I loathed Leonard Cohen as a child – I would scream and put my hands over my ears when my mother played him in the car – but when I was older, New Skin for the Old Ceremony worked its way into my rotation, probably nicked from the teetering wine-stained pile of albums kept in the kitchen. I fell in love with “Chelsea Hotel No 2”. I was old enough now for the startling sound of adulthood to be seductive rather than alienating.
I could hear the clatter and hum of the streets outside, could feel the stagnant summer air in the room implied by that line “giving me head on the unmade bed”. I could feel with such precision the feeling of having sex with someone you were not in love with in a room neither of you lived in, in New York City, in 1974. I wept along, moved and fascinated, to the keening ambivalence in his voice when he sings “I need you / I don’t need you”.
I wanted so badly to be in love then, or what I thought of as love – really what I wanted were the things Chelsea Hotel describes. I wanted sexual encounters and melancholy and friendship. I wanted to be young and talented and confused in a big city.
The actual Chelsea Hotel, like the Chateau Marmont and like New York itself, is a real place which stands in to mean more than itself individually, becoming a synonym for a particular feeling. Jeffrey Lewis's great “The Chelsea Hotel Song" explores the inevitable disassociation between places like these and their blurry, iconic idealised versions. In it, he is walking by the Chelsea Hotel and has the sort of sexy spontaneous flirtatious encounter with a woman – the kind of thing which seems to only happen in films – but is too awkward and embarrassed to pursue it. Here, we see the inevitable gulf between fantasy and reality, our undeniable, schlubby humanity always arriving to remind us that we are not in the song.
In February I heard the song “Colour Green” by Sibylle Baier, by mistake. I was lying in bed, falling asleep, in a bedroom I wasn’t sure how to pay the rent on. I had left London in 2016 for an autumn in Greece and a winter in Ireland. When I returned in the new year, I was afraid. I had never figured out how to survive in London, on a practical level as well as most others. That was a part of why I had left, and nothing had been resolved in the leaving.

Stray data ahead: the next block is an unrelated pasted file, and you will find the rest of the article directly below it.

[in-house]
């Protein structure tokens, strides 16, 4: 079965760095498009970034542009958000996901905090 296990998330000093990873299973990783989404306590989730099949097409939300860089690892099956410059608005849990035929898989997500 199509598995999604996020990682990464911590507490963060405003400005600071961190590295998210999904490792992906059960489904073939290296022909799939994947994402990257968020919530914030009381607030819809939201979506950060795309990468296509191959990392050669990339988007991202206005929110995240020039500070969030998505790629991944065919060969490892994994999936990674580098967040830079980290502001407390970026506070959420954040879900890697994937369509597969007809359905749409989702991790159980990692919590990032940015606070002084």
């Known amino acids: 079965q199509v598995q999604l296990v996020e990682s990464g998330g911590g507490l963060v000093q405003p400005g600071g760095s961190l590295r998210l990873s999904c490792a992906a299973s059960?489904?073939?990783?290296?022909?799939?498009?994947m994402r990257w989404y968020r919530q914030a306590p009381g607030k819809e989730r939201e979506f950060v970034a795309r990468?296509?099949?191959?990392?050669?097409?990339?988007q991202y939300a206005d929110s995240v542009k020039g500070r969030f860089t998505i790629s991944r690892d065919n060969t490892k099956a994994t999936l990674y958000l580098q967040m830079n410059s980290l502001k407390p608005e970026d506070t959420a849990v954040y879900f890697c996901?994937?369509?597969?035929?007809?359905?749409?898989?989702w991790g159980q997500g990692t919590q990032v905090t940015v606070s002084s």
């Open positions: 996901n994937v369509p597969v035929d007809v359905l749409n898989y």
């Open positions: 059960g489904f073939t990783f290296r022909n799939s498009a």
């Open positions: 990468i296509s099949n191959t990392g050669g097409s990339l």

It was bitterly cold the week I moved back, and the French doors in my bedroom, which would never quite shut completely, rattled and howled. I lay there running through various bills I didn’t know how to pay, and anxiously considering various people I wasn’t quite sure if I was dating. I was half-listening to a Karen Dalton album on Spotify and when it ended Sibylle Baier started playing. She sang, in a voice whose sadness was as perfectly calm and clear as a still pool:
“I’d been a girl and one dream / frequented my late afternoon / saw me in New York City / wearing a sweater colour green / so one night I sat down on a chair, and knitted there” – and then a yearning sigh: “Hmm-mmm” which marks the end of each verse. The song is all delicate, crushing nostalgia, torn notes to lovers and fragments of half-recalled drunken parties which accumulate over time and come to mean a city. It’s the sadness and exhaustion of living in a place that people leave all the time to live elsewhere. It’s the joy of friendships which sometimes manage to weather the constant flux and recur unexpectedly:
“He wrote to me, 'Woman, I’d like to stay / Liberty Statue has got so many stairs / but when you need help I will be there'”
When I looked up Sibylle Baier, shocked I had never heard something so obviously brilliant and beautiful, I found that she had home-recorded the songs in the early 70s in Germany and never released them nor pursued a music career. Over 30 years later her son had uncovered them and compiled them on a CD. Although she would eventually move to the US, by the time she recorded “Colour Green”, Baier had never been to New York.
That’s why “Colour Green” is, for me, the perfect New York song – it’s the construction of internal fantasies which take on their own life. It’s pure distilled nostalgia for a place never visited, a time never lived through. It’s proof that the things we build inside of ourselves can be as real as experience. It’s the New York assembled from film stills and postcards and melodies, the one you can never quite touch, and in that way it becomes all cities. When Baier sings “The city has changed me / I am no longer the same”, she is singing for all of them.